As soon as I saw this place I instantly thought of the song “Don’t Fence Me In” as sung by Gene Autry. It’s a view, looking due West, towards the headwaters of the of the Rio Grande river (in the distant mountains). The view is from Brown’s Lake Overlook (AKA Weminuche Wilderness Vista) along the Silver Thread Scenic Highway (CO 149).
My path paintings are about journeys, not destinations. The title is from a quote by Ralph Waldo Emerson.
Three fourteen thousand foot (4268 meter) peaks, east of Alamosa, Colorado. Viewed in the summer time. The peaks, from left to right, are Ellingwood Point, Blanca Peak (Sisnaajini in Diné), and Little Bear Peak
Visual art is constantly evolving. The only common denominator is the expression of human thoughts, ideas, and feelings. Is there a next step? Can there be art without humans? My allegorical paintings are painted in oil on canvas. I rarely use any mediums other than Gamsol solvent.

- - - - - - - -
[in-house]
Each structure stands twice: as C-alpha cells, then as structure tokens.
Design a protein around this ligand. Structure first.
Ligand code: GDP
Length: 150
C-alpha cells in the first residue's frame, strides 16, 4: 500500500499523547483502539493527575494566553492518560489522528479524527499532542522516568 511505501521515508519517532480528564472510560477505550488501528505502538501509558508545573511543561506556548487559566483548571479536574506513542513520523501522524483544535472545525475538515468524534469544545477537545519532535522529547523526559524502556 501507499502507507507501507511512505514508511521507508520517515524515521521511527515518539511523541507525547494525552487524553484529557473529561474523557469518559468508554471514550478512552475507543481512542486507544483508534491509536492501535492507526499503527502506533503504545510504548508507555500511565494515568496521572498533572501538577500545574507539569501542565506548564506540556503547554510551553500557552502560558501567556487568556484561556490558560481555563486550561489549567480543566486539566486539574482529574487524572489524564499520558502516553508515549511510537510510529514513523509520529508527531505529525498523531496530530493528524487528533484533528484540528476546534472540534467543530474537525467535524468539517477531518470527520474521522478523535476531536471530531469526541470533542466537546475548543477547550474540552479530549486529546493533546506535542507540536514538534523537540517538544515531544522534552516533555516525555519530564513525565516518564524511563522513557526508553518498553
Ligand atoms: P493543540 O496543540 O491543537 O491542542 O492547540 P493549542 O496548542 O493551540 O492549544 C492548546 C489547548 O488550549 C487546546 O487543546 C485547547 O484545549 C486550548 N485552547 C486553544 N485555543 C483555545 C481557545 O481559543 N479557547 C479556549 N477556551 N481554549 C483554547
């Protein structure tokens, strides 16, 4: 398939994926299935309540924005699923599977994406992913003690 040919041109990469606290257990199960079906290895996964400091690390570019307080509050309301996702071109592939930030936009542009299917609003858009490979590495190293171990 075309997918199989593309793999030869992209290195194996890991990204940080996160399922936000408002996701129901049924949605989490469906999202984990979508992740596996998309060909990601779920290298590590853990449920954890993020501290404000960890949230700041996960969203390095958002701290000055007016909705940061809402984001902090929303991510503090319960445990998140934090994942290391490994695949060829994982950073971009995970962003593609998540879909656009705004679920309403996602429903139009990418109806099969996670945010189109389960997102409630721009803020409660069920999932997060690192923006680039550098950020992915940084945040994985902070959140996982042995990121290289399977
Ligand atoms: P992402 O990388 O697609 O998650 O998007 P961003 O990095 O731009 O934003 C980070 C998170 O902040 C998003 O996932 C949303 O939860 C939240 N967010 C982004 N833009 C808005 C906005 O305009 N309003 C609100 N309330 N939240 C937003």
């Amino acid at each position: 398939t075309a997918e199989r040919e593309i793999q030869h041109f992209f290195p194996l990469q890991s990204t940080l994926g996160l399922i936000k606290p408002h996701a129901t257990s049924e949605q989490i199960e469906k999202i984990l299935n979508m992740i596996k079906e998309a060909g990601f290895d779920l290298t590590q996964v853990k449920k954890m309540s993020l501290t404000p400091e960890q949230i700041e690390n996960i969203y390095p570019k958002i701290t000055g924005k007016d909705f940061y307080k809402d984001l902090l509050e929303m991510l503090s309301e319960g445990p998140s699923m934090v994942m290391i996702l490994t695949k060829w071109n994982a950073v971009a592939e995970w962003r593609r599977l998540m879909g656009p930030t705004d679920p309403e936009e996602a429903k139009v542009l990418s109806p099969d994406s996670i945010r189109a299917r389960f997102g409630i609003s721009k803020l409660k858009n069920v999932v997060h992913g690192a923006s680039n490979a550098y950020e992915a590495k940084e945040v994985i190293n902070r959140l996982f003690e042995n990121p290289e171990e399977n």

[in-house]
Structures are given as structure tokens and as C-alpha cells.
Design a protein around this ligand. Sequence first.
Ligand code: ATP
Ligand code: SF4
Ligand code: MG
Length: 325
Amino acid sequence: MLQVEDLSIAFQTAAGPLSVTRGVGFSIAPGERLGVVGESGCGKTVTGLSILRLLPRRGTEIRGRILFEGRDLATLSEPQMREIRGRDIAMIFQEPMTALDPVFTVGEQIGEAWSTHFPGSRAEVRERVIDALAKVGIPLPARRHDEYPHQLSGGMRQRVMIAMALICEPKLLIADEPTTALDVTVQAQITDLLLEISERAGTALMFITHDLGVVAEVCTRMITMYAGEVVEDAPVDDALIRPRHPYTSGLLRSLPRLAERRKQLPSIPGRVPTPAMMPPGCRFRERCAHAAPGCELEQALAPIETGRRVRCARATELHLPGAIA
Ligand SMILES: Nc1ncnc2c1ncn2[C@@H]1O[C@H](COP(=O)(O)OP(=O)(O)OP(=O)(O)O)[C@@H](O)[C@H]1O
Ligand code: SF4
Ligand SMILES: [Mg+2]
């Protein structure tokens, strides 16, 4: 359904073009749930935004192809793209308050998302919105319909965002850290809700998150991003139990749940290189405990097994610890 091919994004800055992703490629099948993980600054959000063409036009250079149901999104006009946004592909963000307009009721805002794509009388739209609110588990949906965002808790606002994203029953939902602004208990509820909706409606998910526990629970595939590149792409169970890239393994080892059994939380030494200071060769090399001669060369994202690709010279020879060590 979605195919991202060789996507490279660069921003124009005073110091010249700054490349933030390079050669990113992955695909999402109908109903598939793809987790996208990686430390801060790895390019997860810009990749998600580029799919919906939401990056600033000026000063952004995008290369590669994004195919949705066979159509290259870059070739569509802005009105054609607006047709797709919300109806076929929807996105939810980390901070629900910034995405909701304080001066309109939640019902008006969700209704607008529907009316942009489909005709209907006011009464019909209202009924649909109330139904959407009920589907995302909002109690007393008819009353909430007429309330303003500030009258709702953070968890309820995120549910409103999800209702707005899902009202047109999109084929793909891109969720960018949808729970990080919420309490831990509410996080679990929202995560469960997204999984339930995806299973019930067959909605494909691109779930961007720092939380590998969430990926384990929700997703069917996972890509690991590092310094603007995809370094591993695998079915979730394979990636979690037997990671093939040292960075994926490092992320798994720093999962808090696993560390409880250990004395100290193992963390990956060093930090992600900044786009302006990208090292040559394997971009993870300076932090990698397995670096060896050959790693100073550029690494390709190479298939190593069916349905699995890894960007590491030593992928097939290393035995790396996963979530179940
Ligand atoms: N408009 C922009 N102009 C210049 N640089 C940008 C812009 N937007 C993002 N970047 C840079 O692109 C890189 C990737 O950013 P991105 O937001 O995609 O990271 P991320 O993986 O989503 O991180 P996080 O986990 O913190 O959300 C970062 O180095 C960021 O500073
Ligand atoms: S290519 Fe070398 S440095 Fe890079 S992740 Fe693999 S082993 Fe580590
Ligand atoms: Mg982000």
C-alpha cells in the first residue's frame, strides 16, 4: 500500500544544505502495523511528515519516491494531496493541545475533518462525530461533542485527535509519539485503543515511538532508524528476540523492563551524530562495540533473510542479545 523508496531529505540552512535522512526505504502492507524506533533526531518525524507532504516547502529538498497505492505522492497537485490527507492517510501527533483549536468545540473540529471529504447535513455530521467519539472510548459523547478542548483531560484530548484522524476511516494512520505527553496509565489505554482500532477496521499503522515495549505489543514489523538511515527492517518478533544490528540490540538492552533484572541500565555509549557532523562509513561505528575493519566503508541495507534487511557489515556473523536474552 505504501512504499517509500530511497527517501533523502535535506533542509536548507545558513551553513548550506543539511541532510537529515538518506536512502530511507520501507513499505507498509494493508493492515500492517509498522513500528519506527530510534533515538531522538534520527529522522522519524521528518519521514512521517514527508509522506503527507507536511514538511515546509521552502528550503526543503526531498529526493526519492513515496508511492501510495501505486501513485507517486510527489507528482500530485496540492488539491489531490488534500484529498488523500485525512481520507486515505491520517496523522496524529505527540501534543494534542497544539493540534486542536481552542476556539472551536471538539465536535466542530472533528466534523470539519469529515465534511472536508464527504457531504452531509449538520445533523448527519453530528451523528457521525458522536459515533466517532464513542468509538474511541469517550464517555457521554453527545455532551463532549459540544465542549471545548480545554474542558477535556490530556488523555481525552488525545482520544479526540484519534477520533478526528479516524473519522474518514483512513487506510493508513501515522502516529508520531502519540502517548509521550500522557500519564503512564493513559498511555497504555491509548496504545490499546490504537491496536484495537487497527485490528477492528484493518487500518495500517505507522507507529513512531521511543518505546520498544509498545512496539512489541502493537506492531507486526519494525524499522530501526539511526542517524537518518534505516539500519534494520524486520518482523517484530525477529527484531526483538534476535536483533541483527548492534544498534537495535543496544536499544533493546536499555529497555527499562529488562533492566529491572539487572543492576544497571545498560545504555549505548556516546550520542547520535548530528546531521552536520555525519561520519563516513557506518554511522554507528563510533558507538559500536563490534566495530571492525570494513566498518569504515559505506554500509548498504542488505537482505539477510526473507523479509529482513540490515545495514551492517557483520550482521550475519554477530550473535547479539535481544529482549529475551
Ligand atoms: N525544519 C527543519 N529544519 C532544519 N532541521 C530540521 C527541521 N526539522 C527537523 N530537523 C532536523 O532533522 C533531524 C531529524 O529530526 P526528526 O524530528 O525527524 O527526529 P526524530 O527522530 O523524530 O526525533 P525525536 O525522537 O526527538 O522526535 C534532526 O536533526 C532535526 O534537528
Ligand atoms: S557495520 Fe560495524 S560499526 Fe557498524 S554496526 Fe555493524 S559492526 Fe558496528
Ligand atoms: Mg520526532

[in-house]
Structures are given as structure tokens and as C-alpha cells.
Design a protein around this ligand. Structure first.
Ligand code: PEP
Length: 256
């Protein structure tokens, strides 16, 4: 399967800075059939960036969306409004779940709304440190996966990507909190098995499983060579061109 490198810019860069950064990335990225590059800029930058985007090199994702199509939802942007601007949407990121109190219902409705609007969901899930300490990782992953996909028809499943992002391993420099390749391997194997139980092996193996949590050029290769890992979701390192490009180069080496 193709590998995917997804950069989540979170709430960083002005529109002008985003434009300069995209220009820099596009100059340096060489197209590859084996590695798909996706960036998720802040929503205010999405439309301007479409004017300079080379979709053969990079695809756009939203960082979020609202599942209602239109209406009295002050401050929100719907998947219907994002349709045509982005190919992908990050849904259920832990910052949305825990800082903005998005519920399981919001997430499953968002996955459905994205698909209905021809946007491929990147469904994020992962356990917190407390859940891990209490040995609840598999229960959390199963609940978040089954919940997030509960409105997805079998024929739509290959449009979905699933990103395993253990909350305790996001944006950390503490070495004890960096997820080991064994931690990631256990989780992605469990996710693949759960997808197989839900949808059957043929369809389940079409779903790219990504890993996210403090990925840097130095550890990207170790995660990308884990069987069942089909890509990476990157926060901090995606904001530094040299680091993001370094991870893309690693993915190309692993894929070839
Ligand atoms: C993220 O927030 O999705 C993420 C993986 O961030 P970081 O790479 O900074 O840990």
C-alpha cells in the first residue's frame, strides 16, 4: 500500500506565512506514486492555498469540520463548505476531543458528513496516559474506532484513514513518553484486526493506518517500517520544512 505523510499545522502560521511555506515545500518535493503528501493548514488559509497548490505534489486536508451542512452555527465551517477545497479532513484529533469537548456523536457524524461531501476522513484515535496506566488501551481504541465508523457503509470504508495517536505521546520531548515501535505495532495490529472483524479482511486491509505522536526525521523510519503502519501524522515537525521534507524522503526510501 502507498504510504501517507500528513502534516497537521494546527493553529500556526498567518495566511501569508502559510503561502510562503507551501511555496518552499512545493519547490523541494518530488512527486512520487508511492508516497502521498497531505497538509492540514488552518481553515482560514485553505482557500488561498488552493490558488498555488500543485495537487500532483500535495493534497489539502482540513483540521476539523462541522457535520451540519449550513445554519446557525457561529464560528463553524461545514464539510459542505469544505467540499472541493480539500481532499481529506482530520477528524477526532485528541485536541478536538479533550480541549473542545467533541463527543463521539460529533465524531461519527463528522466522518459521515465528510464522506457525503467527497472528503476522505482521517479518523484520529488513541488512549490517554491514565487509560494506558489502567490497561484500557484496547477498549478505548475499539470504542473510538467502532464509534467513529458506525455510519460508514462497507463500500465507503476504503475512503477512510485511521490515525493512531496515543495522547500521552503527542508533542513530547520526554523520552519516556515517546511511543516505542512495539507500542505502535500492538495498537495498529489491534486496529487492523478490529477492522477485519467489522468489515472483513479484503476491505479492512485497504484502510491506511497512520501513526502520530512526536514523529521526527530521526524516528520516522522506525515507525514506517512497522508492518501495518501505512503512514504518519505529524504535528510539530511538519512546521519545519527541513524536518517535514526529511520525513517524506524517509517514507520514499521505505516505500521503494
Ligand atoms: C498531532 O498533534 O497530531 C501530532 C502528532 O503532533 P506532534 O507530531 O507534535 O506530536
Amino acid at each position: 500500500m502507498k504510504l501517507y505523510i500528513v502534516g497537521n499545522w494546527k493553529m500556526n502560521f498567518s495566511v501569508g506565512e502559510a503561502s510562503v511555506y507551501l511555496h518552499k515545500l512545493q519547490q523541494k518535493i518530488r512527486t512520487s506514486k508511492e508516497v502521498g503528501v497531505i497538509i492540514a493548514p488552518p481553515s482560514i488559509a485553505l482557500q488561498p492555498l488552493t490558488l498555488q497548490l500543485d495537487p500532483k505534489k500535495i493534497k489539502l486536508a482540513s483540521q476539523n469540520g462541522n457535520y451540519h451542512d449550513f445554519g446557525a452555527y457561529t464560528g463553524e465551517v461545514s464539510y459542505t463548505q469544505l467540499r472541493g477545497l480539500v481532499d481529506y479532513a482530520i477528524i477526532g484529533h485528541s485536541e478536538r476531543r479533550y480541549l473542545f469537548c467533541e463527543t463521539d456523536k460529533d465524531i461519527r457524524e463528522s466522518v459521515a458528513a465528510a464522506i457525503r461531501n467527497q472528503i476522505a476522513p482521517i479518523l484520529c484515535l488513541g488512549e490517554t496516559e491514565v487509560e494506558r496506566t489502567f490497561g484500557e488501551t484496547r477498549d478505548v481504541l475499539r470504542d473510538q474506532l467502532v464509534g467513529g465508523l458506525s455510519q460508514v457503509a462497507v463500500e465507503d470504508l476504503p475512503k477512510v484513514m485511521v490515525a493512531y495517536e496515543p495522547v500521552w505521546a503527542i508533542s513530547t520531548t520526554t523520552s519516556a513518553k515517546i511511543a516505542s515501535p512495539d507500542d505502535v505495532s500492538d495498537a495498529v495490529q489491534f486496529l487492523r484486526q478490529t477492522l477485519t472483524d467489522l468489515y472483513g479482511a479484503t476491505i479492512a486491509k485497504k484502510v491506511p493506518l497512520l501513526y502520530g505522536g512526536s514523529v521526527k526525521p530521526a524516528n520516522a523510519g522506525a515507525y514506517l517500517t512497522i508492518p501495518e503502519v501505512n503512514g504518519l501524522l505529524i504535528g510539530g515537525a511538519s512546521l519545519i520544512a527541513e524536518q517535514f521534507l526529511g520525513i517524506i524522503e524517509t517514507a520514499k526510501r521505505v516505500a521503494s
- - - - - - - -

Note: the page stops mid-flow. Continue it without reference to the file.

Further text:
Living things exude mood and energy, but this presence can only be understood in relation to context. Thus, figure and ground exist in symbiotic dualism; both independent, yet one does not exist without the other. Understanding is derived from their interdependence.
This very distant view is from the Bluff Overlook in the Alamosa National Wildlife Refuge, just south of Alamosa, Colorado.
Early Fall near Alamosa campground in Rio Grande National Forest.
Apparently, Keeps Mill was a stop on an alternative route around Mt. Hood on the Oregon trail. If that’s true, how people got wagons in and out of here, I do not know. The hillsides rise quite quickly from both sides of the river. The White River flows from the White Glacier on Mt Hood. Keeps Mill is a primitive, secluded campground at the end of Forest Road 2120 (note to self: Watch for speed bump at end of pavement). The last mile is down a rocky, narrow, steep, exposed hillside. Did I mention a really tight switchback and talus fields?